Split N.C. delegation votes 8-5 against health care bill
Eight of North Carolina's 13 representatives – three Democrats and five Republicans – voted against the health care overhaul bill approved by the House of Representatives Saturday.Posted — Updated
The 1,990-page, $1.2 trillion bill passed the house 220-215, with 219 Democrats and one Republican voting "yes" and 39 Democrats joining 176 Republicans to vote "no."
McIntyre said he opposed the bill because it cost too much, could harm small businesses and jobs, and didn't address long-term health care. Instead, he urged overhauling health care in "fiscally responsible," targeted steps.
"During these tough economic times, I could not support this bill, because it was flawed," McIntyre said in a statement Saturday. "The need for health care reform is clear, but the focus should be on lowering the skyrocketing costs of health care, bringing down the cost of premiums and ensuring access and affordability of health care for all."
North Carolina Democrats who voted for the bill said they did it for the economy and for duty.
"The bill will dramatically improve our nation's health insurance system," said Etheridge, who is the only North Carolina member of the House Ways and Means Committee. "The bill provides coverage you can count on that can't be taken away."
"Allowing a broken health system to bankrupt families, businesses and hospitals and deny coverage to tens of millions is a failure of duty," Butterfield said.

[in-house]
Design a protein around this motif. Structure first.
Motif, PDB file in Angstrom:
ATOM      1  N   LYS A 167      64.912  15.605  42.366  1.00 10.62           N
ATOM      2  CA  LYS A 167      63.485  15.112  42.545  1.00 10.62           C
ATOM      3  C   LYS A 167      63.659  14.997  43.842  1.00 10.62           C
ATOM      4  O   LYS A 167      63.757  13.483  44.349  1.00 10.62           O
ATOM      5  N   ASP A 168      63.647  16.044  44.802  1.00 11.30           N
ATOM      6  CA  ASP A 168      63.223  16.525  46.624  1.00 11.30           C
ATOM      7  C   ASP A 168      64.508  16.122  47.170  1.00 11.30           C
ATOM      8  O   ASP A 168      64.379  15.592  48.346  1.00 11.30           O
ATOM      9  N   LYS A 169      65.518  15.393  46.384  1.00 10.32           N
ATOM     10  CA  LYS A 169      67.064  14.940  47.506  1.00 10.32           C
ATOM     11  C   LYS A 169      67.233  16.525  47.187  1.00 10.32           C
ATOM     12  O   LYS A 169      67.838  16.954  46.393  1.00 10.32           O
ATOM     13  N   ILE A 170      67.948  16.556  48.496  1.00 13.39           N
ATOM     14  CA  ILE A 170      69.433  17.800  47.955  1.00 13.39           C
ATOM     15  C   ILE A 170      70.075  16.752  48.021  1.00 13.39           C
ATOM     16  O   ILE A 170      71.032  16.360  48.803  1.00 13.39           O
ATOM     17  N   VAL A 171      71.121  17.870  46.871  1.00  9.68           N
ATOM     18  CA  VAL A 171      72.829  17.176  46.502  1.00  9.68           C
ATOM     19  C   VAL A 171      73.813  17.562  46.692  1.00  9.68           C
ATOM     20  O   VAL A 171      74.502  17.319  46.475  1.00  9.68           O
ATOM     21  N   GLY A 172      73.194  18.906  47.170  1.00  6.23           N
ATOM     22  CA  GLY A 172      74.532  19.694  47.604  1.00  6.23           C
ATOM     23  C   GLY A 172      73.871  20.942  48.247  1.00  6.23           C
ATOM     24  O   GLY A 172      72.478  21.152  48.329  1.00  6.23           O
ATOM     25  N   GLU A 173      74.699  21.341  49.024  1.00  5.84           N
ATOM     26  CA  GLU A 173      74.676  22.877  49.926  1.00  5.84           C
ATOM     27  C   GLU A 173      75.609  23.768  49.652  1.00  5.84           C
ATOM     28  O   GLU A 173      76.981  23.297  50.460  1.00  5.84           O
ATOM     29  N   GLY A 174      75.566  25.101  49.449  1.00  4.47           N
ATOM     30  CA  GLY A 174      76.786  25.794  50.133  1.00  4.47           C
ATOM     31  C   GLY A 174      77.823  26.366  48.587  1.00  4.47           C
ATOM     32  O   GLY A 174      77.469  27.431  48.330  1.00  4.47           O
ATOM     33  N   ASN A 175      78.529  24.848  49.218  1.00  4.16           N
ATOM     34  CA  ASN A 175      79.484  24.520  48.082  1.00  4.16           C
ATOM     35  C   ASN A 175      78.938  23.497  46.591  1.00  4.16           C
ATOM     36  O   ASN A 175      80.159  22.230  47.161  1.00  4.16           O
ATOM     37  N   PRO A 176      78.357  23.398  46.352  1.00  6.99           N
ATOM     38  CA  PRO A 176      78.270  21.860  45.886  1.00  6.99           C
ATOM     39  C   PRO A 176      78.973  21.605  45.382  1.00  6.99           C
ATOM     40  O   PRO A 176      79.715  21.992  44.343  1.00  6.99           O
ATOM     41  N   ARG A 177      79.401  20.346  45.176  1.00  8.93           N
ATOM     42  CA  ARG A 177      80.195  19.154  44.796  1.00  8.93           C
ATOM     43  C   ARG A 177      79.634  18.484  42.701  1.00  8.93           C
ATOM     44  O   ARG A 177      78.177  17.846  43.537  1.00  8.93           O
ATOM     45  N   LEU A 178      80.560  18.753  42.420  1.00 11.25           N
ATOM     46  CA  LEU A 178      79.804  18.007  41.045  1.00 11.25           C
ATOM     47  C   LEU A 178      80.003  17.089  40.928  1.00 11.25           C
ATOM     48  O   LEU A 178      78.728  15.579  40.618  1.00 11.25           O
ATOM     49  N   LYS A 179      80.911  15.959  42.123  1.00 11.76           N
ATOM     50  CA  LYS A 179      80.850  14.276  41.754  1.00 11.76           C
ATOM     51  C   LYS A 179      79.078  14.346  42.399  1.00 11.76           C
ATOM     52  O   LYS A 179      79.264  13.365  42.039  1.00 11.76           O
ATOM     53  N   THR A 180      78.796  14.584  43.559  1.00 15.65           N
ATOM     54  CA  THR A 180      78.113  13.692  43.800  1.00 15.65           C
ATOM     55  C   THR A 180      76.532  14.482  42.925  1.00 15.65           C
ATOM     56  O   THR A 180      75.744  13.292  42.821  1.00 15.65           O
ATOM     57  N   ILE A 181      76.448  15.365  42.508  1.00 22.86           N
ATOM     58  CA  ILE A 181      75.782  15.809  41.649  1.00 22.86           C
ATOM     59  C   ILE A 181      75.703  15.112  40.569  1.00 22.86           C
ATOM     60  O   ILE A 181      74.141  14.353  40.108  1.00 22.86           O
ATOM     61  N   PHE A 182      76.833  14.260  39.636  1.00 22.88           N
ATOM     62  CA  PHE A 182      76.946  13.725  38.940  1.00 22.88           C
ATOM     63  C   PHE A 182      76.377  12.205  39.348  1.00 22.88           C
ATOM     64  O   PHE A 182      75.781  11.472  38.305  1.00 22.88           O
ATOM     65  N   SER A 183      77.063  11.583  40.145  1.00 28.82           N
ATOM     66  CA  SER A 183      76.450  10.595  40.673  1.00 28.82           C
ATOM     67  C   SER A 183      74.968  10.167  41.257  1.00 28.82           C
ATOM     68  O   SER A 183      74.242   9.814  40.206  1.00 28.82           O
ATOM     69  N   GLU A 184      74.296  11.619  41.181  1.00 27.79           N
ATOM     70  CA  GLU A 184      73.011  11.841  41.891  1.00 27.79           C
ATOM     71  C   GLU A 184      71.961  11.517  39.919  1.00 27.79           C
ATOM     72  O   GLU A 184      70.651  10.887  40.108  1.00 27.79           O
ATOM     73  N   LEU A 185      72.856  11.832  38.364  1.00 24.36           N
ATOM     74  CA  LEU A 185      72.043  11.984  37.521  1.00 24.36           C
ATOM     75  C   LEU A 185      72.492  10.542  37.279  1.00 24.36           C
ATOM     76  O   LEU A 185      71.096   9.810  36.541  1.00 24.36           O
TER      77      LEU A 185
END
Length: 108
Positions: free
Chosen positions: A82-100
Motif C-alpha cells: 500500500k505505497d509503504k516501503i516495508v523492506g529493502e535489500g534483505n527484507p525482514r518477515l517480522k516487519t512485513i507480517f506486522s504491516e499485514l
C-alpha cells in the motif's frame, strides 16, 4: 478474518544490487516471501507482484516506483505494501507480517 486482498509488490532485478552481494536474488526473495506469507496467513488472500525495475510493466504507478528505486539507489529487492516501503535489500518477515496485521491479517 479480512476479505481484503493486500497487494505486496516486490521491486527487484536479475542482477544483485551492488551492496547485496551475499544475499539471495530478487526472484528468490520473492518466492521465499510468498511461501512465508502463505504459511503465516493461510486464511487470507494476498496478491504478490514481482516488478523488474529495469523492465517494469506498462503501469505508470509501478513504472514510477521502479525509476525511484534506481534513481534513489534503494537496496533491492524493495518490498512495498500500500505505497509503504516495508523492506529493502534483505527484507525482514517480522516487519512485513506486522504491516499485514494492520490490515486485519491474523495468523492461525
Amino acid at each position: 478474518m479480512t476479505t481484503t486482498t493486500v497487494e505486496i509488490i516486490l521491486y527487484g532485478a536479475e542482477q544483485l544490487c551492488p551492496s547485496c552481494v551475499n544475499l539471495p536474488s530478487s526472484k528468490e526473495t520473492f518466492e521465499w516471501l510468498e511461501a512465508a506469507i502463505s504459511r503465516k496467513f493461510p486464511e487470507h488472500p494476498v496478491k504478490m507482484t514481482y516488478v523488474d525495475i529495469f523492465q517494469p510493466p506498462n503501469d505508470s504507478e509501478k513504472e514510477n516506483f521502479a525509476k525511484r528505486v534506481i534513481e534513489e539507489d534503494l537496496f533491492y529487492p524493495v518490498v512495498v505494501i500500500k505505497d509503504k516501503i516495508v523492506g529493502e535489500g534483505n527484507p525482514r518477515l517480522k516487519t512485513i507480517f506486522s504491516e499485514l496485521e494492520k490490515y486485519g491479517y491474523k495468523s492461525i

North Carolina Republican representatives have not commented to WRAL on the health care vote, but most talked about the bill before its passage.
Foxx called it a "trillion dollar bill that raises taxes on small business and working families while at the same time making health care more expensive."
Jones said "it includes more than $700 billion in tax increases on small businesses and others" and "nearly $400 billion in Medicare cuts."
The legislation would require most Americans to carry insurance and provide federal subsidies to those who can't afford it. Most businesses would have to offer coverage. Both consumers and companies would be fined for not complying.
The measure would create a federally regulated marketplace in which consumers could shop for coverage and the government would sell insurance. The Congressional Budget Office estimates that government plans will be more expensive.
Denying coverage based on pre-existing conditions would be banned, as would charging higher premiums based on sex or medical history. Insurers would no longer be exempt from federal antitrust restrictions on price fixing and market allocation.
The bill's cost, which is estimated over a decade, would be met by cutting Medicare spending by more than $400 billion. The measure creates a tax surcharge of 5.4 percent on income over $500,000 in the case of individuals and $1 million for families.
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